Last week, I was away on holiday to Peak District with my husband and his cousins. We had rented out a cottage for the week and this meant that we were making our own meals. One evening, after buying some groceries, somehow the topic of food labelling came up and I started to share everything I know. Particularly, I began to discuss how food manufacturers get away with mislabelling and all the different names of sugars. And just the other day, I had a cousin message me asking me about the different names of sugar in Weetabix (two of the first three ingredients is a form of sugar). Therefore, since my trip, I feel really inspired to share with all of you all the different names of sugars and how to look out for them on food labels.
Basically, when it comes to label reading, if sugar, or any form of sugar or sweetener is listed as one of the first three ingredients of the list, then it is considered to be a dessert. There are so many different names for sugars and sweeteners that it is rather difficult to keep up with them. The general rule of thumb is that if you don’t know what an ingredient is on the list, then its not something you want to consume. And yes, even caramel is a type of sugar. Click here to view a thorough list of the different names of sugars and sweeteners. If the sugar doesn’t occur naturally, it isn’t good for you. For example, any form of refined sugar (which includes most of the names on the list and any artificial sweetener) can lead to an increased loss of calcium from the bone. When you consume refined sugar on a regular basis, you increase your loss of calcium in the blood through your urine. Therefore, the body must pull calcium from the bones to maintain blood calcium levels.
Truth be told, it is actually quite difficult, but not impossible, to buy packaged and processed foods that do not contain added sugars and sweeteners. All carbohydrates have natural occurring sugar. For example, if you are buying a package of frozen berries, the ingredients should only be the berries themselves. If you see anything else, or any sugars, then the berries have been processed, because no fruit needs to have any added sugar. Fruits already have fructose in them, making them naturally sweet. Therefore, stay clear of fruit juices that have added sugars. Anything that says “sugarfree” isn’t always true. Sugar Free products have sweeteners put into them, which technically, make it “sugar” free, but not sweetener free. For example, I have taken a pack of gum, “Wrigley’s Extra Cool Breeze Sugarfree Gum.” Logically, if a packet says “sugar free,” you expect it to have no sugar, but when I turned the pack around and looked at the ingredients, I found 6 different “sweeteners.”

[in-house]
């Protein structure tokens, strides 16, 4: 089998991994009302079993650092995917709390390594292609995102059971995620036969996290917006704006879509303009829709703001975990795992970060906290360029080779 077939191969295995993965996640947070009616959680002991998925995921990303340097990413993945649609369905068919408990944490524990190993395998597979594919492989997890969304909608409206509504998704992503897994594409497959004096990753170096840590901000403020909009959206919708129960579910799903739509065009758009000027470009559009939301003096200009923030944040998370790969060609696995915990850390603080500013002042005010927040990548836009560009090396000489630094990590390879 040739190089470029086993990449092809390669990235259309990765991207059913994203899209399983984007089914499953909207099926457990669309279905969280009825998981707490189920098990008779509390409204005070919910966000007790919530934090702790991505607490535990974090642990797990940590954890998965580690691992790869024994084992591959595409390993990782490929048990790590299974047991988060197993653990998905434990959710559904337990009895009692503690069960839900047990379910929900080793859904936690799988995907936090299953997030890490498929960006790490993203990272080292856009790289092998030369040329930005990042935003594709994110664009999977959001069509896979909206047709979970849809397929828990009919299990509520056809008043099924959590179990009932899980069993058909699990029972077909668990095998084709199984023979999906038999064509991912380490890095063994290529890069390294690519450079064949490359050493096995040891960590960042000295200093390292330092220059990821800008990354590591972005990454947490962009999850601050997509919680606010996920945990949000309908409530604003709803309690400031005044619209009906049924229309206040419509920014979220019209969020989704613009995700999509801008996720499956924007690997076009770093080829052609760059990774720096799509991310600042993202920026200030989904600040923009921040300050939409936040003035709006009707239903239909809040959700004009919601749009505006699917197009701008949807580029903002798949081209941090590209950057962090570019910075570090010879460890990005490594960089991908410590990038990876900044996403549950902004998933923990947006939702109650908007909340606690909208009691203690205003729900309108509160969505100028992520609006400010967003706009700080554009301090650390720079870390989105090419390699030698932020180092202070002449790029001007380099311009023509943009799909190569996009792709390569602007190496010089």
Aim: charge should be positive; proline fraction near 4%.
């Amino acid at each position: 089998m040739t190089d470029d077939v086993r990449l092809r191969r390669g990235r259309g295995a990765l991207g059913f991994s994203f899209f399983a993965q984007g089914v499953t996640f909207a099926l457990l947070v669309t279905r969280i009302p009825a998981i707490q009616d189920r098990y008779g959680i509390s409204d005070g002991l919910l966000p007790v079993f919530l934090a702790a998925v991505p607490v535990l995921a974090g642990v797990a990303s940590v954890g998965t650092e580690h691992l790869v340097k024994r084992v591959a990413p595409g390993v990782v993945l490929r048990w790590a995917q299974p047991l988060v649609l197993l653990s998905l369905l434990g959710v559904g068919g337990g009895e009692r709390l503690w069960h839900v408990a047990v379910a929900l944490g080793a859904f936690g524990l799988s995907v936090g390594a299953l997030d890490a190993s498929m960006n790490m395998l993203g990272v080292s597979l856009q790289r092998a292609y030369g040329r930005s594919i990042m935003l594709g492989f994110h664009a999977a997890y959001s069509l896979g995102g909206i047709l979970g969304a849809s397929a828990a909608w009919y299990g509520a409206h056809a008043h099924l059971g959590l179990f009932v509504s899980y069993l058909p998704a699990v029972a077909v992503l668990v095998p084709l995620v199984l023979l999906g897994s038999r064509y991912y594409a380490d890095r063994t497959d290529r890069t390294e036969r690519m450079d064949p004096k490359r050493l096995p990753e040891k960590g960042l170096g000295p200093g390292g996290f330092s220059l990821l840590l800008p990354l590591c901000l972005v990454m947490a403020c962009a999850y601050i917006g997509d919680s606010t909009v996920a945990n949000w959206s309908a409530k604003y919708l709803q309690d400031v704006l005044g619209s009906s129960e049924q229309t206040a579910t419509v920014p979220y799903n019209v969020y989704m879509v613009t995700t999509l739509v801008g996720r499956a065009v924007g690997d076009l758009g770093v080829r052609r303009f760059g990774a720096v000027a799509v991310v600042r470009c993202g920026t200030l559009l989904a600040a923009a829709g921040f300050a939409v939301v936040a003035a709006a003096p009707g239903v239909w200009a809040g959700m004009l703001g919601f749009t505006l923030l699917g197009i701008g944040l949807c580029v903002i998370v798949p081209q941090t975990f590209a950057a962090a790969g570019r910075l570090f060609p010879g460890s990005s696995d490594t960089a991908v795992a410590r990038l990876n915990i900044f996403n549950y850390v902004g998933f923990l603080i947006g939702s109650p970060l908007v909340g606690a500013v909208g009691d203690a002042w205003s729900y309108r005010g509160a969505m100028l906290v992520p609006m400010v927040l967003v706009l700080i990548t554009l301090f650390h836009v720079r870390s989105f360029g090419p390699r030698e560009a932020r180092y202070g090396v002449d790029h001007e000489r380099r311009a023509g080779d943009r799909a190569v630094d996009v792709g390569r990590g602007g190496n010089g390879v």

Sugar is sugar and the only pure natural forms of sugar are glucose, fructose, galactose, sucrose, maltose, and lactose. But the beauty behind this is that they are all naturally occurring in various carbohydrates, including dairy. However, sugar can only be extracted in sufficient amounts from sugarcane and sugar beet. Remember, if milk is an ingredient in a food product, the ingredient list should say “milk.” But if they also list “lactose,” then this means that lactose was artificially created and added in.
So what are the hazards of refined and artificial sugars and sweeteners? Well, artificial sweeteners such as aspartame, acesulfame-K, and saccharin have been linked to behavioural problems, hyperactivity, allergies, and are possibly carcinogenic. And listen to this, the government itself recommends that children and pregnant women should not consume any artificial sweetener. Despite this, artificial sugars and sweeteners are used in just about every packaged and processed food.
I can go on and on about the different sugars, how they are made and the different hazards. Therefore, consider this blog post to be an introduction to the hazards of artificial sugars. Stay tuned for more articles about how some of these different sugars are made and their hazards. In conjunction with sugars, in future posts, I will also discuss the variety of artificial preservatives and more details about nutrition label reading.
Health and happiness,